Arb chief executive Hugh Simpson has defended the rise saying it is needed to fund its new ‘bold and ambitious’ approach to regulation. He also said that the fee was low compared with other professional regulators in the UK.

Which may well be the case. But, one wonders, how many of those other professional regulators are operating in parallel with another far better-known organisation?

While Arb registration is compulsory for practising architects, membership of the RIBA carries far more prestige. And many would argue that the Arb fee rises are a symptom of mission creep as it seeks to expand its remit into areas the RIBA is already covering.

Speaking to the Architects’ Journal, RIBA president Simon Allford said the two organisations needed to ‘avoid duplication in the work we are doing’, adding, ‘We are concerned about this Arb fee increase’.


Practices are struggling to recruit, says RIBA survey 

Architectural practices are struggling to recruit staff, the latest RIBA Future Trends survey reports.

The report for September says that almost a fifth of practices (18 per cent) report having difficulty recruiting staff with the issue particularly acute among large and medium-sized practices.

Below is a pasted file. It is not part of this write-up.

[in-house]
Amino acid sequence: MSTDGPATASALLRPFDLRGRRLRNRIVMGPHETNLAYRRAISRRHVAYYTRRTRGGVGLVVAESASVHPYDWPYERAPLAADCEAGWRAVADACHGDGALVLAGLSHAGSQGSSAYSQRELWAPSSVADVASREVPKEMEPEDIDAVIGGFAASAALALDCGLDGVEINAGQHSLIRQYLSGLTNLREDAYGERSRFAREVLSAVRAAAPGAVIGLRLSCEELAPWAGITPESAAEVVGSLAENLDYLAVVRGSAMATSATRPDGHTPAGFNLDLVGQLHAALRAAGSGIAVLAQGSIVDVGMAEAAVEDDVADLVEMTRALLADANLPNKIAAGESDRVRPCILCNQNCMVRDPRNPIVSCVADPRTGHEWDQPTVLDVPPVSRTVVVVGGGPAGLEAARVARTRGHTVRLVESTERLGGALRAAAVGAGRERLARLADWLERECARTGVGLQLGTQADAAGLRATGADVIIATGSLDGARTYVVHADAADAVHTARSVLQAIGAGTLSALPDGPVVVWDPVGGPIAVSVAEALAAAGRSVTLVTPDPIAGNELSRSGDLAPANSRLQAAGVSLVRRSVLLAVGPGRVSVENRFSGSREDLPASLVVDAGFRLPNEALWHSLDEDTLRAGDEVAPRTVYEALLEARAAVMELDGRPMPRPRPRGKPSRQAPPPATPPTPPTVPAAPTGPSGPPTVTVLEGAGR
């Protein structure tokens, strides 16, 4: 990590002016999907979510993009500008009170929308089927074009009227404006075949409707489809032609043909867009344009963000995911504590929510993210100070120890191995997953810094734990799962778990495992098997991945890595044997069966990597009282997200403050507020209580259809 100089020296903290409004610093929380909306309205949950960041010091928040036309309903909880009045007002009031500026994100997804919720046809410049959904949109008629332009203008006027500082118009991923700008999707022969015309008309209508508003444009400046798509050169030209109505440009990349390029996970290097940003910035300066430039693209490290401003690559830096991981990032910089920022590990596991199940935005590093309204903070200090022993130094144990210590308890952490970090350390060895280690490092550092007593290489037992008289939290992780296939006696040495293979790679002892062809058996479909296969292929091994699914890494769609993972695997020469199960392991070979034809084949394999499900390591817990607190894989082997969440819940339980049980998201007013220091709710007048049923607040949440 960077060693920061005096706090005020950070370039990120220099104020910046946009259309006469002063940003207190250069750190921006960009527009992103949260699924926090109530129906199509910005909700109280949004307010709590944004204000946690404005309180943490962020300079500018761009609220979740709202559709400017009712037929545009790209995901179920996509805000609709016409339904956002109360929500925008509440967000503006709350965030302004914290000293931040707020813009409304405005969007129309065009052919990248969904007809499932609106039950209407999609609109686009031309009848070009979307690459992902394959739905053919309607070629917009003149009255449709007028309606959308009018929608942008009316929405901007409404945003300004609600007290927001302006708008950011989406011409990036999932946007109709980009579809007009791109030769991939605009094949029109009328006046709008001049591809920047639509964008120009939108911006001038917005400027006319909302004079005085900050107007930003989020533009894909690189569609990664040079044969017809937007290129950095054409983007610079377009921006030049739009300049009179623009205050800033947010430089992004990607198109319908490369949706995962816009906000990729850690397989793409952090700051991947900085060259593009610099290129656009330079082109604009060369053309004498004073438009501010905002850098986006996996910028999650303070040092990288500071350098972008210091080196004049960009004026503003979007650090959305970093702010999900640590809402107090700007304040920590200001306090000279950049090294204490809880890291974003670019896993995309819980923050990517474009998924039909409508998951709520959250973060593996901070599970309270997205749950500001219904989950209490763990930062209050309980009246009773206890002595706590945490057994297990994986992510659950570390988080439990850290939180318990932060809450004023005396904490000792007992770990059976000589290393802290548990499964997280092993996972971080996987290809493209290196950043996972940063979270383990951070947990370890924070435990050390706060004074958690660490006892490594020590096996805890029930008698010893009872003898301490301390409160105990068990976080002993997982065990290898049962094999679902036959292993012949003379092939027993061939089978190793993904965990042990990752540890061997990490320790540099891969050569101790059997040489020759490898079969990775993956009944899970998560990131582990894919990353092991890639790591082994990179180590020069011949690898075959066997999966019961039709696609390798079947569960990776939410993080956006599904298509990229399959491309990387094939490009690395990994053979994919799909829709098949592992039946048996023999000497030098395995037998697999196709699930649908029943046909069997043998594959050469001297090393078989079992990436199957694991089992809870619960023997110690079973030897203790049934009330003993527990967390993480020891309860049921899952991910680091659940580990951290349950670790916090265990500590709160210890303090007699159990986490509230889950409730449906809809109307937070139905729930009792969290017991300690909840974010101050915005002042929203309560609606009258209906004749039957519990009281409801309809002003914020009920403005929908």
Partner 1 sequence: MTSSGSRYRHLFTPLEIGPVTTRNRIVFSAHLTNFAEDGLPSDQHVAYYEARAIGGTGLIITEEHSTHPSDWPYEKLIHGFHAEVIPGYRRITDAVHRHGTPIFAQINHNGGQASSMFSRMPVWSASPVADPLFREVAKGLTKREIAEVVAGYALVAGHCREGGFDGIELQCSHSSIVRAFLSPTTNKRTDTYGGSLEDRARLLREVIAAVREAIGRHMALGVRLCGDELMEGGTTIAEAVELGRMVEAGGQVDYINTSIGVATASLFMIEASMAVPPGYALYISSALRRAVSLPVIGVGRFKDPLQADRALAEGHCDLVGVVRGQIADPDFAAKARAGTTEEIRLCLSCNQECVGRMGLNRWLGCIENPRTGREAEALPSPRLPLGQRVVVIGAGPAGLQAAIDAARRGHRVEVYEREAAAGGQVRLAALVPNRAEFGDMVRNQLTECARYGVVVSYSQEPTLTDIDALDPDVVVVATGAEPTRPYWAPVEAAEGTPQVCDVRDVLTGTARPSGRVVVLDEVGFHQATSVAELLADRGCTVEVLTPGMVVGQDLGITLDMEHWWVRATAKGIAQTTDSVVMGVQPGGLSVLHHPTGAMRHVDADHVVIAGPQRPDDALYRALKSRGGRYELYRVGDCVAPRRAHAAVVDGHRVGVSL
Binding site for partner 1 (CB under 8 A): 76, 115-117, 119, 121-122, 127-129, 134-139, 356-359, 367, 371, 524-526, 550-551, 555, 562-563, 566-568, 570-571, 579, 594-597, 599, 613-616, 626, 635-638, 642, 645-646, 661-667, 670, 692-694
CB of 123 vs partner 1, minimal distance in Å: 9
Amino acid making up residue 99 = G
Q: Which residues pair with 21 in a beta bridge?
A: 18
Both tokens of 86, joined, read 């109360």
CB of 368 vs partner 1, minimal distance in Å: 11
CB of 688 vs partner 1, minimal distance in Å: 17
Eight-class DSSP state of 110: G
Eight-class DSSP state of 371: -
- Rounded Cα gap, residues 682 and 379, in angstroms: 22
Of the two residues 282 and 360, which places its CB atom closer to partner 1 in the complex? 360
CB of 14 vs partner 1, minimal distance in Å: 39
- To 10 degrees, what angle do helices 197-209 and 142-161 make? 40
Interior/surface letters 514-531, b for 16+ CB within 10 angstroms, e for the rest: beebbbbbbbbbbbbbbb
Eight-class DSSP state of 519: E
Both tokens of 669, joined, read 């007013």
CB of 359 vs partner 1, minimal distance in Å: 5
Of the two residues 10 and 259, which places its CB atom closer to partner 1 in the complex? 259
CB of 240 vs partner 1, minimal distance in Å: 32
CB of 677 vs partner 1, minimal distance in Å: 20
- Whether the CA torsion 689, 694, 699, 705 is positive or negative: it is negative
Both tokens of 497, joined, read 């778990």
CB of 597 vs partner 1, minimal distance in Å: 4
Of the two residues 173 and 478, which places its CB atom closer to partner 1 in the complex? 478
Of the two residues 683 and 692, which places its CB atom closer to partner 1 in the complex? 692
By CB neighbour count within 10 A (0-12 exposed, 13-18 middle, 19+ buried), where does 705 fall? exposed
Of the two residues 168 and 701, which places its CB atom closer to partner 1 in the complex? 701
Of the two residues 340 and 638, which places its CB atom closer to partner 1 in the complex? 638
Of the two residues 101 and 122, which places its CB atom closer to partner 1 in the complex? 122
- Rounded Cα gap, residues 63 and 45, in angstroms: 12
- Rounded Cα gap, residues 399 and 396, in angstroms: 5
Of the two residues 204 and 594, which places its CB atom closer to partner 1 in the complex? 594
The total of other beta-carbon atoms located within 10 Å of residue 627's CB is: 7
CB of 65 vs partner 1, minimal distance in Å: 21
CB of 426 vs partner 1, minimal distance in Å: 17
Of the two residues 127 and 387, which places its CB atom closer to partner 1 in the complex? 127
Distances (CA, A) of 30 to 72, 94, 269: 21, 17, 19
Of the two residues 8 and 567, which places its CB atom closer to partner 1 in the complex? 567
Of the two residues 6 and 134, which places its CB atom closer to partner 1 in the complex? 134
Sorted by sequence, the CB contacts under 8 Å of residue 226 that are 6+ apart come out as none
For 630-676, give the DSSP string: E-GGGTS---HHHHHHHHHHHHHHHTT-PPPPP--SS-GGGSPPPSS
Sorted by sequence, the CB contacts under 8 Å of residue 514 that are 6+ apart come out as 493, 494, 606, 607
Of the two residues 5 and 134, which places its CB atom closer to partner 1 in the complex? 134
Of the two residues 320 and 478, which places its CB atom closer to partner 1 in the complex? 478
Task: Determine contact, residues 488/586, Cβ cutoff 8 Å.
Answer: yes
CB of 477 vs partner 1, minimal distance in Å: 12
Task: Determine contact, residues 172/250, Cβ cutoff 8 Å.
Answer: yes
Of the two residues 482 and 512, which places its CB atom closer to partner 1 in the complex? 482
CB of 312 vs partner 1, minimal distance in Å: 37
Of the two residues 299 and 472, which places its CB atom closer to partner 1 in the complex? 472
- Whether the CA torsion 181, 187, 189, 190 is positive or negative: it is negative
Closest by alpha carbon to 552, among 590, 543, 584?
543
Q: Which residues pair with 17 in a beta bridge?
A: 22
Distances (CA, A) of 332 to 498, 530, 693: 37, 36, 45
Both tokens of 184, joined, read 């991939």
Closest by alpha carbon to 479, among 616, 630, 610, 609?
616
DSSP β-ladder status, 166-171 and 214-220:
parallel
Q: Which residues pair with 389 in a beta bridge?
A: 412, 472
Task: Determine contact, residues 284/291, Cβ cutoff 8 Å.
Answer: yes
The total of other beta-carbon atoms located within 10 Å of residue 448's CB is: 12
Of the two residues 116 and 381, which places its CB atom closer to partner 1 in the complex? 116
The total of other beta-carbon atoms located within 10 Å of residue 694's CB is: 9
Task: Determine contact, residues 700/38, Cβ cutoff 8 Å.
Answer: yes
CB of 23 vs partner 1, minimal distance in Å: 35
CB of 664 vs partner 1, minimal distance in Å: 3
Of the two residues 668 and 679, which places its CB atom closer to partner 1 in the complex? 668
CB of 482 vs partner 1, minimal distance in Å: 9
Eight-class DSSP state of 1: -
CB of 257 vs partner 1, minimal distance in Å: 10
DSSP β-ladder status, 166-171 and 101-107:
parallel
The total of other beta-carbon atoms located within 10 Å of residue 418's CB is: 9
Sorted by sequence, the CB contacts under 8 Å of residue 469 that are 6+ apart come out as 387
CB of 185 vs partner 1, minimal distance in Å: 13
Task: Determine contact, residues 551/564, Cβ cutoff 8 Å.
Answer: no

As with other sectors such as hospitality and road haulage, the shortage is partly blamed on Brexit and the end of freedom of movement between the UK and EU countries. This has led to a drop in applicants from EU countries.

It comes as the Future Trends survey also reports a general confidence in work levels.

RIBA head of economic research and analysis Adrian Malleson said the positives of the report’s findings included ‘improving employment opportunities, little chance of widespread redundancies as furlough ends, and a recovery extending beyond private housing into the commercial sector’.

Since the recession of 2008/9, architects’ pay has fallen in real terms with modest pay rises failing to keep up with inflation.

If employers now have to fight to recruit staff, or indeed to retain those they have, one might expect salaries to start heading in a northerly direction.

It will also be good news for recent architecture graduates who will surely find it that much easier to secure their first job.